People always ask me how I stay involved with activities outside of my being a full-time musician. More and more I've become aware that having a broad range of interests has really informed how I make music and how I evolve my creative processes. It's important for me to experiment with other disciplines, things that involve hand-eye coordination, balance or anything to switch gears. For example, I love rock climbing and working out in general. I've always been into physical comedy as well (um, literally). I love building sets or making costumes and jewelry. The fact is, I feel exploring those kinds of activities really add to my songwriting and actually helps me be a better instrumentalist.
Rock climbing keeps me really focused on the task at hand. It challenges my body to focus on not falling and it's about overcoming fear, too. I like to push myself a little further and of course not beat myself up if I can't climb what seems to be the impossible because I might just get a little further next time. I aim to continually develop the muscle memory in my fingers because I want to be a better musician. I often think "I will eventually be able to play this song, I will be able to master this if I just play slowly and practice." That's how I learned how to play the harp and the tenorion. It's also how I learned how to sew, make puppets and do short stop motion films.
But like everyone, I run into blocks and it can be incredibly frustrating. Thankfully there are ways around it if I push just a little bit more or wait till the next day after stepping away and resetting. The great thing about these hobbies and activities is that they are so different from one another. It's like taking a break from one task only to apply the same approach or method to a different form.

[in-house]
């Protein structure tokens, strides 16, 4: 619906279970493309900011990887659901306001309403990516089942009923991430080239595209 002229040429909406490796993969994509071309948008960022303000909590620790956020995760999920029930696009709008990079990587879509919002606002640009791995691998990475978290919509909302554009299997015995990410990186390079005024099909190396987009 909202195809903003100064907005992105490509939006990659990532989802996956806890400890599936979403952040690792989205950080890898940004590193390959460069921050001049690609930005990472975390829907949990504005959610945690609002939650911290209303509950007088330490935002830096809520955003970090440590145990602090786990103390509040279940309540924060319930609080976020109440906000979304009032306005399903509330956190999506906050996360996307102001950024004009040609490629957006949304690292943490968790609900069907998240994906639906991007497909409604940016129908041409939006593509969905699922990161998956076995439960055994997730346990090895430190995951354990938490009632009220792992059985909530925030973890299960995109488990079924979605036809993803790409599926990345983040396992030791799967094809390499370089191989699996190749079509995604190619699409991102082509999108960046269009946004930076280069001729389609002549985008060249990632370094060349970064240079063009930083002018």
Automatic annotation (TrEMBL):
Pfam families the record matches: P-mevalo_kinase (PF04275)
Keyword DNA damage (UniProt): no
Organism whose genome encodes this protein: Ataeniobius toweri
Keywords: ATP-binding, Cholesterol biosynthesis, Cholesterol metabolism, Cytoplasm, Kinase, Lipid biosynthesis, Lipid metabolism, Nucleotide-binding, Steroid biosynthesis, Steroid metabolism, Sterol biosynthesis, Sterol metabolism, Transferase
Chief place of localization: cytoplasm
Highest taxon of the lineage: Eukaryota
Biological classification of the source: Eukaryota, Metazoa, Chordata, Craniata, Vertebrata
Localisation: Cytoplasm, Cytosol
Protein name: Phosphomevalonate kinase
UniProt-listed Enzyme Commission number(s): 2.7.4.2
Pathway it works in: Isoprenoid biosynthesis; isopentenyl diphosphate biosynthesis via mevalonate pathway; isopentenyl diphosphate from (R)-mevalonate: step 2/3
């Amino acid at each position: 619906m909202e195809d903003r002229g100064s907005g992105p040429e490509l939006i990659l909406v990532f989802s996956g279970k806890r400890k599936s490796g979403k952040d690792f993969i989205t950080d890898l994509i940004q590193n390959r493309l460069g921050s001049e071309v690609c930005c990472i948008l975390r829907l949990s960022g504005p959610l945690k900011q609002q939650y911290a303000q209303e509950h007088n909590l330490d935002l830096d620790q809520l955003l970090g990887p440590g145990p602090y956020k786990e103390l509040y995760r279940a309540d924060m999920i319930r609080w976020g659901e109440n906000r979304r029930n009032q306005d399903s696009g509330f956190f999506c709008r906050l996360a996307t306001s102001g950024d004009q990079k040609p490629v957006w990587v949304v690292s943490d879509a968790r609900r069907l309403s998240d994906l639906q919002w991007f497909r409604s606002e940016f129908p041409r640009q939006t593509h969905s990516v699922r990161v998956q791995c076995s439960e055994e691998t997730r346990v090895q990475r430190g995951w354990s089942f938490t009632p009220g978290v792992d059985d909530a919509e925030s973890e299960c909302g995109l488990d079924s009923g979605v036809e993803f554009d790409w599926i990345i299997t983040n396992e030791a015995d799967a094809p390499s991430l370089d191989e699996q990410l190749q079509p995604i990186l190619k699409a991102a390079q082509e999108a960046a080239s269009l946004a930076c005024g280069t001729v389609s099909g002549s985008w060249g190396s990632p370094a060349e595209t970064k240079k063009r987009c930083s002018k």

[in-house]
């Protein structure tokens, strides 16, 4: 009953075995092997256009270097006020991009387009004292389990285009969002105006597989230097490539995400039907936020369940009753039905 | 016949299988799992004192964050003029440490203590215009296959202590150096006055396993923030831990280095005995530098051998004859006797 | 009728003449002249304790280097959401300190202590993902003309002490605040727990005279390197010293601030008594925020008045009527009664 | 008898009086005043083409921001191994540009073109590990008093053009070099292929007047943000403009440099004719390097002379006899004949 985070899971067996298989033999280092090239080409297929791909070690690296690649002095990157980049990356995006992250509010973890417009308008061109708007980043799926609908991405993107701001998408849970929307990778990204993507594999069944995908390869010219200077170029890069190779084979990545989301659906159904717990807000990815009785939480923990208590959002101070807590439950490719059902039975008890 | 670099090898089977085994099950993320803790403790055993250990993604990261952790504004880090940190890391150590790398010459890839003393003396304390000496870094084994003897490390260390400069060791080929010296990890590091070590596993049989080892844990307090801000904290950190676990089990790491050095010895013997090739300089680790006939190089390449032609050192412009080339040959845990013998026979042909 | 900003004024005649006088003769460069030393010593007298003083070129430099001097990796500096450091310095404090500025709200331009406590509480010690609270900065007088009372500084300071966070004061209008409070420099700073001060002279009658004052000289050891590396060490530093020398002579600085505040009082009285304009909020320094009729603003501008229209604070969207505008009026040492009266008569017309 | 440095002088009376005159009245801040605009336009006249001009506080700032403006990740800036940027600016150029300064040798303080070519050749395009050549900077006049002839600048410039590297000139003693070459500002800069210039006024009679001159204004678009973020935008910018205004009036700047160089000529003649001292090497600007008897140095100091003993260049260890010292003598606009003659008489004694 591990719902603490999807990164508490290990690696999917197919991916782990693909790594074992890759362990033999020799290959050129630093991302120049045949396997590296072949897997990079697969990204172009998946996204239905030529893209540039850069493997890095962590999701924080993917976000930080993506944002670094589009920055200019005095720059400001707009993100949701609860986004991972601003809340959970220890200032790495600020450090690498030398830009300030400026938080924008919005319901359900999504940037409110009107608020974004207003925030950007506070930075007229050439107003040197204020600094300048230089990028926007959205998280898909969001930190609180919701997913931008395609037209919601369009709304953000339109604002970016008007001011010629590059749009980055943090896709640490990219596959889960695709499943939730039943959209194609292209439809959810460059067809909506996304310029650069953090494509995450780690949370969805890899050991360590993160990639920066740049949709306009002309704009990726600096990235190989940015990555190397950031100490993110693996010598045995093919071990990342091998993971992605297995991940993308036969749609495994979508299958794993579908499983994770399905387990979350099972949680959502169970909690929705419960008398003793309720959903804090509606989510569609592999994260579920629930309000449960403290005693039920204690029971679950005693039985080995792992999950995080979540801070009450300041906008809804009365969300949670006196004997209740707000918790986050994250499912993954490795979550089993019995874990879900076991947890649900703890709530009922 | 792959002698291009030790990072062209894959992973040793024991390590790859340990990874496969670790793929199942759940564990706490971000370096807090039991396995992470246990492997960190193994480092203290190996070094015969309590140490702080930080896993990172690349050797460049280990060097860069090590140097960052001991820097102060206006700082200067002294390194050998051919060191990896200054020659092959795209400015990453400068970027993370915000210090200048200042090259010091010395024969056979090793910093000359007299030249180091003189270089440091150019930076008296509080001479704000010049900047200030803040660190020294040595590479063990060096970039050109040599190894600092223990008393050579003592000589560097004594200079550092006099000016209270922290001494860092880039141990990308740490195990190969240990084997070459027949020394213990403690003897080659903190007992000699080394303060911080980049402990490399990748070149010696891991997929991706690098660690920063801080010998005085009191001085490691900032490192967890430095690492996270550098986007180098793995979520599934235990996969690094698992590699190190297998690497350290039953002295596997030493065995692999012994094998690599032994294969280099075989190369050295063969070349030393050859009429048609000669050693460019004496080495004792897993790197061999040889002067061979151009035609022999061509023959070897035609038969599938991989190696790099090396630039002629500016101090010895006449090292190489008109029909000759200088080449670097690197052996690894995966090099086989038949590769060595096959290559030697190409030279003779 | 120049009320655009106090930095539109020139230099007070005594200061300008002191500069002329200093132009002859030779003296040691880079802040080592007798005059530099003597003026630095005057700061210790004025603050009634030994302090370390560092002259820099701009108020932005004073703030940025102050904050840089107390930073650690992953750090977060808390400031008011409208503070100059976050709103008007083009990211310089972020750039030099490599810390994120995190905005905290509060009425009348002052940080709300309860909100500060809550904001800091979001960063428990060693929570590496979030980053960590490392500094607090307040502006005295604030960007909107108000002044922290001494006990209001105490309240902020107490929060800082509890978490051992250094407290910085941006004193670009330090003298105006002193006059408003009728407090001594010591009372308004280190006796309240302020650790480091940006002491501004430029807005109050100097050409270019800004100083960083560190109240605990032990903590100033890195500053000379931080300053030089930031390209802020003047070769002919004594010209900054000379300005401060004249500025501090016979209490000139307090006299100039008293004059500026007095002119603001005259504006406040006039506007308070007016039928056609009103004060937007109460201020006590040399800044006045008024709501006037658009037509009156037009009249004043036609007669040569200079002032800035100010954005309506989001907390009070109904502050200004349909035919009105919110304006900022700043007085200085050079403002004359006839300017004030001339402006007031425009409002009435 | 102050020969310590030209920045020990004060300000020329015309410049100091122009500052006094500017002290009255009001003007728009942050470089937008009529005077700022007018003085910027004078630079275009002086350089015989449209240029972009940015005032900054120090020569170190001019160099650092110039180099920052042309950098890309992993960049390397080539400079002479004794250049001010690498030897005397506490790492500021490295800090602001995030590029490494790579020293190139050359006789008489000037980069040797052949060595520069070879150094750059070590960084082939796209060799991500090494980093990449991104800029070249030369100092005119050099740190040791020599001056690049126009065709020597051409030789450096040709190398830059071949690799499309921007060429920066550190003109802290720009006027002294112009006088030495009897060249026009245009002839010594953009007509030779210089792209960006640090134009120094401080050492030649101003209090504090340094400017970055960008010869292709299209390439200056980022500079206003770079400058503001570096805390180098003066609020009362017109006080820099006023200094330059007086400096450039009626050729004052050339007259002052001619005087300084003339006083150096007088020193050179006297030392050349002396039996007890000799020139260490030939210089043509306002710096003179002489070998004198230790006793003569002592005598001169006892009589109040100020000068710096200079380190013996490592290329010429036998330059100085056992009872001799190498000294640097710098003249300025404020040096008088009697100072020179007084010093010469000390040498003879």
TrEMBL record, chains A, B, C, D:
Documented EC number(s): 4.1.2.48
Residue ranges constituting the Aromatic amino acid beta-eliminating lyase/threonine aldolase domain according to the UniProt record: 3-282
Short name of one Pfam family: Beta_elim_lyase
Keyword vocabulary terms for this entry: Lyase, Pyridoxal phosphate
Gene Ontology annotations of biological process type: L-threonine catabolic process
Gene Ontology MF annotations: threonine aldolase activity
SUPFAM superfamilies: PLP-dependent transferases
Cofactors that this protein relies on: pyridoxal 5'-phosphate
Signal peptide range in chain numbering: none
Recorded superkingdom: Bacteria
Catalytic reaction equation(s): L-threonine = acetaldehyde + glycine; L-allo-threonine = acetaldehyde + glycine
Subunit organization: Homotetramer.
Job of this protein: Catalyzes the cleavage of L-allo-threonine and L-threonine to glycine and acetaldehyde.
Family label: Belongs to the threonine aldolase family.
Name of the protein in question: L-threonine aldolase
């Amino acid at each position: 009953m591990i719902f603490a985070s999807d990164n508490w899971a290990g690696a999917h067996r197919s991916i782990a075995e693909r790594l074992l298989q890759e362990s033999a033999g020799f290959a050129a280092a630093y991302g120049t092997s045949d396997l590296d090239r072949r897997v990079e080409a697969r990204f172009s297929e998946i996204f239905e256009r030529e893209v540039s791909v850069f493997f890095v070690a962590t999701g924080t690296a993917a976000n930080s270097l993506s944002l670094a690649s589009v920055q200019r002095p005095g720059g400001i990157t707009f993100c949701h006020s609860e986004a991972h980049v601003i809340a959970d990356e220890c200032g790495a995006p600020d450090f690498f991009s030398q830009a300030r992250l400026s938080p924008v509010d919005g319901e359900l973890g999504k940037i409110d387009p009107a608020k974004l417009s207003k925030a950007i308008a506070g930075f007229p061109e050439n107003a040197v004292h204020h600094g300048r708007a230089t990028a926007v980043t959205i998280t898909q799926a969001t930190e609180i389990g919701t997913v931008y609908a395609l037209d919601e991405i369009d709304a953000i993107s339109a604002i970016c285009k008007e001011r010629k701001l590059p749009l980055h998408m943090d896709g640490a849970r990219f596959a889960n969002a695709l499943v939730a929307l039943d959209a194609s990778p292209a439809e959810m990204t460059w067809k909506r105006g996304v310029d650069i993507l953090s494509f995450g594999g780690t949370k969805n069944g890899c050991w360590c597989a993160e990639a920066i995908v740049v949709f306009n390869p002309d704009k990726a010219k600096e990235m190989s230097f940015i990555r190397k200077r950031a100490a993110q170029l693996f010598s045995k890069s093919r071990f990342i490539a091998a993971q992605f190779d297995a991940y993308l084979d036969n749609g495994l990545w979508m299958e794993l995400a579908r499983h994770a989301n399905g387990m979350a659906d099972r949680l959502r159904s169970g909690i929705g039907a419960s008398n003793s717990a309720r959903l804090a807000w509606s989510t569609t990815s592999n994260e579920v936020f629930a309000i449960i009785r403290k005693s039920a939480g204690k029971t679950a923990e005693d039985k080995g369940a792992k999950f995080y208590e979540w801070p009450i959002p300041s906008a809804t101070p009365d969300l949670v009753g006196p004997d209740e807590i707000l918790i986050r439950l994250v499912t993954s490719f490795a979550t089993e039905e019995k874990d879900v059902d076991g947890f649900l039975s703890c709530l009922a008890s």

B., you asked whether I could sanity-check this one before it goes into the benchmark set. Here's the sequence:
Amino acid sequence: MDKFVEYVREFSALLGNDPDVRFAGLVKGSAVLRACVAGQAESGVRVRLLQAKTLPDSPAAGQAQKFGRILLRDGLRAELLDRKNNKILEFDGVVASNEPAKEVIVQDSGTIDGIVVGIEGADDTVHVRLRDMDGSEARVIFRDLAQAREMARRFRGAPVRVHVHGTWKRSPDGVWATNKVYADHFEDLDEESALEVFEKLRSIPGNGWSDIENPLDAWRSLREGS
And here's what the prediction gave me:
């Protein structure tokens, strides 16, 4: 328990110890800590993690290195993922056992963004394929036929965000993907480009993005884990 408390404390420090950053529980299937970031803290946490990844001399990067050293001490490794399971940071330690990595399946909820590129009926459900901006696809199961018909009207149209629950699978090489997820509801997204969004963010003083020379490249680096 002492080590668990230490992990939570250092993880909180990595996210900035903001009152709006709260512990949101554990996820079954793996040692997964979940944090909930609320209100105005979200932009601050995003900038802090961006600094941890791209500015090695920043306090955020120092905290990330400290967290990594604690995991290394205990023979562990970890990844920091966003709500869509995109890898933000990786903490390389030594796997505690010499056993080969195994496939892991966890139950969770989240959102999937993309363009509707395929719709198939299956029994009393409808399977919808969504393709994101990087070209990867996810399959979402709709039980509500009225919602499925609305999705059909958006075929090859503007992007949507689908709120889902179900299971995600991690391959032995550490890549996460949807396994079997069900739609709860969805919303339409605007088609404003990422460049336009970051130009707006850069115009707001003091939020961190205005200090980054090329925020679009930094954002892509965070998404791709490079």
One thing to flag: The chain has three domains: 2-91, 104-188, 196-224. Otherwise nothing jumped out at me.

This is not to say that it's all about being entirely disciplined or always being in control. Sometimes, confronting a block means just letting go of the frustration. Ultimately, I wanted to write music that sparked a release (in me and the listeners), whether that was in having the blues amid an emotional situation or wanting to rip up a dance floor. Screaming cries into a pillow or dancing with your friends on a summer night doesn't necessarily take skill. These things start with an urge. An urge that you see through by collecting all that energy and choosing the moment to just throw it out into the world. That's just as much a form of working out a block as any.
I've also benefited from meeting extremely talented people who have a high regard for collaborating. This might mean jamming it out with other musicians or messing around with spontaneous video production. These interactions are super inspiring because of the wide variety of personalities and talent being contributed. I guess this same regard for variation applies to the genres I fuse into my own music -- from soul to electronic, acoustic ballads to pop. I live to mix it up and collaboration is a sure fire way to discover possibilities you'd otherwise miss if you did everything solo.
My second album Escapology is rooted in soul music. I just hope people identify with it as feel-good music. The connection to the sadder songs is part of that too since connectivity and finding meaning can feel so good. It's sort of a reassurance that you're not alone (and even if you are alone, a song can be like your shadow). Lyrically, each song on the album acts as a slice of life from a specific time -- my memoirs. After writing them, I actually took a lot of time away from the lyrics before moving into an arrangement phase because I was working on other projects and I ran into some funding issues. So when the time came to record them, I approached the songs with an objective mind and that gave the songs a sense of resolution. The distance was healthy. Working on this album took a lot of focus and a lot of letting go, equally.
I can't say for sure that I have an actual process when it comes to songwriting. It often takes on a life of its own. When I hit a block, I simply make the choice to try other things because fortunately there are so many (too many!) ways around it if we're resourceful enough. Having one creative process can work for a lot of people, but I've come to treat each project as a creative organism.
Maylee Todd's "Baby's Got It" is one of five songs nominated for the 2013 SOCAN Songwriting Prize, honouring the best independent music by Canadian songwriters as voted by the public. Once voting closes on July 3rd, $5,000 prizes are awarded to the winning songwriters as well as a $3000 gift certificate from Roland and a Les Paul Studio guitar with Min-ETune from Gibson. All eligible voters are entered into a random draw for an iPad and Roland headphones, and recipients are announced after voting ends.